Alcohol Wimp by
(194 Stories)

Prompted By Drugs and Alcohol

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My nonalcoholic drug of choice.

Anyone who meets me, even casually, soon learns that my drug of choice is caffeine, usually taken as black coffee. I have been using this drug consistently since the age of 11. Other drugs and alcohol, not so much. I am not a teetotaler, nor am I against drugs that expand consciousness. Although I was more risk averse about substances ingested than many of us who grew up in the 1960s and early 1970s, in my case it was primarily biology that held me back.

While others around me seemed bright, relaxed, and happy, I became dull, sleepy, and sad ... And, I could tell, very clearly, that I was physically impaired.

It wasn’t until much later that I understood the role that metabolism, genetics, and the types of receptors in the brain (which vary from individual to individual) play in our responses to drugs and alcohol. But by the time I was in college, I knew that alcohol and I didn’t get along well. To my great discomfort, I found that beer, red wine, and champagne triggered violent migraines and nausea, which they do to this day.

I could tolerate modest amounts of white wine, but I noticed that, at social gatherings, while others around me seemed bright, relaxed, and happy, I became dull, sleepy, and sad. In my brain, the alcohol failed to induce a high and directly became a central nervous system depressant. And, I could tell, very clearly, that I was physically impaired. Even after a half glass of wine, I wouldn’t be able to drive safely.

During my senior year, there was a large Hawaiian luau party on campus in the evening, and drinks were offered to those over 21. Never having consumed hard liquor, I decided to see what effect it had on me, and I doubted the drinks would be strong. So, I had two Mai Tais about an hour apart. I vaguely recall stumbling back to my dorm, and woke up the next morning on my bed, still in my party clothes. I didn’t remember entering the dorm or my room. No hangover, though … I concluded I would lose consciousness before I could drink enough to have a hangover.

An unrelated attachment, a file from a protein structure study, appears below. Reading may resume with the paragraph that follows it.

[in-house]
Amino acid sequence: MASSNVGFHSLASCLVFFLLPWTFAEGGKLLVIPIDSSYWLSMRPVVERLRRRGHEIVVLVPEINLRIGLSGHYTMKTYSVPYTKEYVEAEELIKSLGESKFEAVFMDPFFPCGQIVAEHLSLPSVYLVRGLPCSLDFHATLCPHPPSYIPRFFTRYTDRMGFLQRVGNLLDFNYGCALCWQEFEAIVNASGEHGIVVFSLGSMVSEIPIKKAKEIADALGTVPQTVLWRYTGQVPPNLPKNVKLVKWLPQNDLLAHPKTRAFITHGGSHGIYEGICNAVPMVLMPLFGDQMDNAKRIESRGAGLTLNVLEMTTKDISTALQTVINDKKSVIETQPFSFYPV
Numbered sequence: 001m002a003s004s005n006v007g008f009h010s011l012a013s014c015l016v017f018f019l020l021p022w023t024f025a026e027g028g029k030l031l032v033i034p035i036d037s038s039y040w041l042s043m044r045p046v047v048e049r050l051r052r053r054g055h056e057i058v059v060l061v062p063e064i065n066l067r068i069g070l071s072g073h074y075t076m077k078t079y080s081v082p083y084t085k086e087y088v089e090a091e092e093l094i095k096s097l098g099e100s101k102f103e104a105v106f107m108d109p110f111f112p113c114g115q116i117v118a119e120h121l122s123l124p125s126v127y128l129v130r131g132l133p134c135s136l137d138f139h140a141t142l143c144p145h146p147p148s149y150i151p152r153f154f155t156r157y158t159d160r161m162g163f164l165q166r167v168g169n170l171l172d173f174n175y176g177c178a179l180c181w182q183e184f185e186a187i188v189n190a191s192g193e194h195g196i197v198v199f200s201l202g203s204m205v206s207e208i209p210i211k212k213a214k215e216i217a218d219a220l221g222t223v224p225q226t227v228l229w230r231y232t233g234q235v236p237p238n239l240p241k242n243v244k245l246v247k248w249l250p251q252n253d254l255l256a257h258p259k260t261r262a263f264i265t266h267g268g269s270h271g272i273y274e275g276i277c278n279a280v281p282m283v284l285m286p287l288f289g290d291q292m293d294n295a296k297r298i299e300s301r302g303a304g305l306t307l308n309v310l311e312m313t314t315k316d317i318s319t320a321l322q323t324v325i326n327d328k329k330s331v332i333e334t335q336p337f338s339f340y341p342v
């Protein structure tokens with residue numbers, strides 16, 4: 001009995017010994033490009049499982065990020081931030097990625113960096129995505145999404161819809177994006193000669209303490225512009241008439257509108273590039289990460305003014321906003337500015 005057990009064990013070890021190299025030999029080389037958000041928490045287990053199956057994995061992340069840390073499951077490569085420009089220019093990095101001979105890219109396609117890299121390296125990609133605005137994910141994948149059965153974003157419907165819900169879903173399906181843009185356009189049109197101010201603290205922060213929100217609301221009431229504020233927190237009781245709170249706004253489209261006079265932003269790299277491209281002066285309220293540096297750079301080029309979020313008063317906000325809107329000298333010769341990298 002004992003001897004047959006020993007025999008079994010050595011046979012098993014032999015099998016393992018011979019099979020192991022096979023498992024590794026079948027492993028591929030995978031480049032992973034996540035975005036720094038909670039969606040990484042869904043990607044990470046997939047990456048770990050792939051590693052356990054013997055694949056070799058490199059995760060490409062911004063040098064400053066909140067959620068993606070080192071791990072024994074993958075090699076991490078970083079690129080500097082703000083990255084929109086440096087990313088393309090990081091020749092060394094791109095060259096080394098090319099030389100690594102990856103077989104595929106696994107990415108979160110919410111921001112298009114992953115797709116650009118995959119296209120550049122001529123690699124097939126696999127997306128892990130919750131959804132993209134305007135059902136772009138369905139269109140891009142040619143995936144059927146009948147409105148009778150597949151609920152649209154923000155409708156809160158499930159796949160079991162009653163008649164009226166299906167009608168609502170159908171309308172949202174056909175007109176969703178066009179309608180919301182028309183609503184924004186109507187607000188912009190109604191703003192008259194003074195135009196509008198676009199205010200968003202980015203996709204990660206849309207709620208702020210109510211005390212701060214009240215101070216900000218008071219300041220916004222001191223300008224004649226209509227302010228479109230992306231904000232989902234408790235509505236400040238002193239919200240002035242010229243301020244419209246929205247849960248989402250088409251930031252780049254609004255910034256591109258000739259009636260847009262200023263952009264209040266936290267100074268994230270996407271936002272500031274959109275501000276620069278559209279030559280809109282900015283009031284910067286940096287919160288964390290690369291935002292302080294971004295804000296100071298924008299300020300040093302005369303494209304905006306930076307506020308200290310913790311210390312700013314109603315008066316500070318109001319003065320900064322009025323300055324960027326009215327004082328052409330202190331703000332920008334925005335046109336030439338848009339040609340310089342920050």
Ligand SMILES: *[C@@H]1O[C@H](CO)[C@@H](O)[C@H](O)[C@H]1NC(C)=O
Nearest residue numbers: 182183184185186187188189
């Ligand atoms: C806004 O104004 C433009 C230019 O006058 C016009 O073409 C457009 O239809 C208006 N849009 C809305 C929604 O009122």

I am blessed with compatible receptors for cannabis and I get along well with it, occasionally enjoying the mild buzz. It never interested me enough to seek it out, but I would take it if offered. Now I am mostly interested in it in edible form for a bit of relief from muscle pain. Ah, how times have changed.

As far as alcohol, not drinking can have advantages. In college I could “chaperone” the Mills freshwomen at the Berkeley frat parties we were invited to and know that we’d be safe. No one seemed to mind that I wasn’t drinking. Anyway, all the beer thrown around at those parties smelled awful! Later, when I worked at events for the alumnae association, I could tend bar without being tempted by the offerings.

When I entered the work world in the mid-1970s, I found some odd attitudes about alcohol. My first job was at a technical company and I really enjoyed the people, who partied hard and had a lot of happy hours. Some of the managers felt threatened by my not drinking alcohol, and one senior level person, who was paying for the drinks, insisted I get something alcoholic. I complied but somehow managed to surreptitiously pour out most of the contents.

Over time, attitudes toward drinking have changed, and people didn’t think it odd that I was having a nonalcoholic drink. At parties, sometimes I am asked if I am a “Friend of Bill,” which is the code name for being in AA. This does not offend me, but I reply negatively and say that alcohol simply disagrees with me. Also, in my last full-time job I had a Muslim coworker, and when our group went out for happy hours she felt more comfortable knowing there was another person not drinking.

When I look at the featured image above, I can smell that freshly ground coffee, so I will continue to enjoy that beverage and leave the alcohol to those it makes happy.


Profile photo of Marian Marian
I have recently retired from a marketing and technical writing and editing career and am thoroughly enjoying writing for myself and others.

Characterizations: right on!, well written


  1. Thanx for this story Mare. I too suffered from migraines when I was younger and red wine was definitely a trigger. And so I avoided wine and alcohol in general for years.